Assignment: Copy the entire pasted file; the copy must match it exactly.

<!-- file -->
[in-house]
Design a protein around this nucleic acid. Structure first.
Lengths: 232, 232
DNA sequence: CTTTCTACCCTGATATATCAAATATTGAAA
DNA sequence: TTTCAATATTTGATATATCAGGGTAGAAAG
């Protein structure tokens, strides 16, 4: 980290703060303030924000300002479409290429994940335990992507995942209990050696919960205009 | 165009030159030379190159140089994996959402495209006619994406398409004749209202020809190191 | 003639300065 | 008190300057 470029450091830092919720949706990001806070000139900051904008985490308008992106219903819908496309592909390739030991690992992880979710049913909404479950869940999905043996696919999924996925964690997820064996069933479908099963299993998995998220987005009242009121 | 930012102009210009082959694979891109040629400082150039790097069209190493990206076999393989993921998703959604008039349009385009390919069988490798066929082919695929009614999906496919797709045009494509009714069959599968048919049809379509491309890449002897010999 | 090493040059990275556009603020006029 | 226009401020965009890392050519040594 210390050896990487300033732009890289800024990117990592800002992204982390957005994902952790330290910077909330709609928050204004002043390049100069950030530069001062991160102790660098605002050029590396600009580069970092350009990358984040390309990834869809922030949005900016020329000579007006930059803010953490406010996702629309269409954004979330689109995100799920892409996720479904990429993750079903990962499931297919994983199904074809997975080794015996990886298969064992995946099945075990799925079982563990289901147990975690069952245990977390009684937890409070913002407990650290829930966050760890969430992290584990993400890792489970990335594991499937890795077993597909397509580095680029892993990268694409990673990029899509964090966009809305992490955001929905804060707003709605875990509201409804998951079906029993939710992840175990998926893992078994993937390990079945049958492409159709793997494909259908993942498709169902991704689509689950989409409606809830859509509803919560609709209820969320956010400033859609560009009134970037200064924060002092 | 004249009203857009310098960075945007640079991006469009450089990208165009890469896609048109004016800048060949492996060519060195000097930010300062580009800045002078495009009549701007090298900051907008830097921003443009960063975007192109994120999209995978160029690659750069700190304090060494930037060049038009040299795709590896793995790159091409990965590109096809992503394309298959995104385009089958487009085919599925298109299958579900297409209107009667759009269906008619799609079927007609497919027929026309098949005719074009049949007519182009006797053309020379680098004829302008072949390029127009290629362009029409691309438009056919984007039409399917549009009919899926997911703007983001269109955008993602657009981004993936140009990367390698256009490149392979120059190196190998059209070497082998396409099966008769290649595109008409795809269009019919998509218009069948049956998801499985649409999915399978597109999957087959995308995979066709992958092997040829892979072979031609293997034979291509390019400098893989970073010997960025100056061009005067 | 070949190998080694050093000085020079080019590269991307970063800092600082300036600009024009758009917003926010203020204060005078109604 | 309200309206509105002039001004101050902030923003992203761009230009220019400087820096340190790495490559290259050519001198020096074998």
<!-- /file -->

[in-house]
Design a protein around this nucleic acid. Structure first.
Lengths: 232, 232
DNA sequence: CTTTCTACCCTGATATATCAAATATTGAAA
DNA sequence: TTTCAATATTTGATATATCAGGGTAGAAAG
């Protein structure tokens, strides 16, 4: 980290703060303030924000300002479409290429994940335990992507995942209990050696919960205009 | 165009030159030379190159140089994996959402495209006619994406398409004749209202020809190191 | 003639300065 | 008190300057 470029450091830092919720949706990001806070000139900051904008985490308008992106219903819908496309592909390739030991690992992880979710049913909404479950869940999905043996696919999924996925964690997820064996069933479908099963299993998995998220987005009242009121 | 930012102009210009082959694979891109040629400082150039790097069209190493990206076999393989993921998703959604008039349009385009390919069988490798066929082919695929009614999906496919797709045009494509009714069959599968048919049809379509491309890449002897010999 | 090493040059990275556009603020006029 | 226009401020965009890392050519040594 210390050896990487300033732009890289800024990117990592800002992204982390957005994902952790330290910077909330709609928050204004002043390049100069950030530069001062991160102790660098605002050029590396600009580069970092350009990358984040390309990834869809922030949005900016020329000579007006930059803010953490406010996702629309269409954004979330689109995100799920892409996720479904990429993750079903990962499931297919994983199904074809997975080794015996990886298969064992995946099945075990799925079982563990289901147990975690069952245990977390009684937890409070913002407990650290829930966050760890969430992290584990993400890792489970990335594991499937890795077993597909397509580095680029892993990268694409990673990029899509964090966009809305992490955001929905804060707003709605875990509201409804998951079906029993939710992840175990998926893992078994993937390990079945049958492409159709793997494909259908993942498709169902991704689509689950989409409606809830859509509803919560609709209820969320956010400033859609560009009134970037200064924060002092 | 004249009203857009310098960075945007640079991006469009450089990208165009890469896609048109004016800048060949492996060519060195000097930010300062580009800045002078495009009549701007090298900051907008830097921003443009960063975007192109994120999209995978160029690659750069700190304090060494930037060049038009040299795709590896793995790159091409990965590109096809992503394309298959995104385009089958487009085919599925298109299958579900297409209107009667759009269906008619799609079927007609497919027929026309098949005719074009049949007519182009006797053309020379680098004829302008072949390029127009290629362009029409691309438009056919984007039409399917549009009919899926997911703007983001269109955008993602657009981004993936140009990367390698256009490149392979120059190196190998059209070497082998396409099966008769290649595109008409795809269009019919998509218009069948049956998801499985649409999915399978597109999957087959995308995979066709992958092997040829892979072979031609293997034979291509390019400098893989970073010997960025100056061009005067 | 070949190998080694050093000085020079080019590269991307970063800092600082300036600009024009758009917003926010203020204060005078109604 | 309200309206509105002039001004101050902030923003992203761009230009220019400087820096340190790495490559290259050519001198020096074998």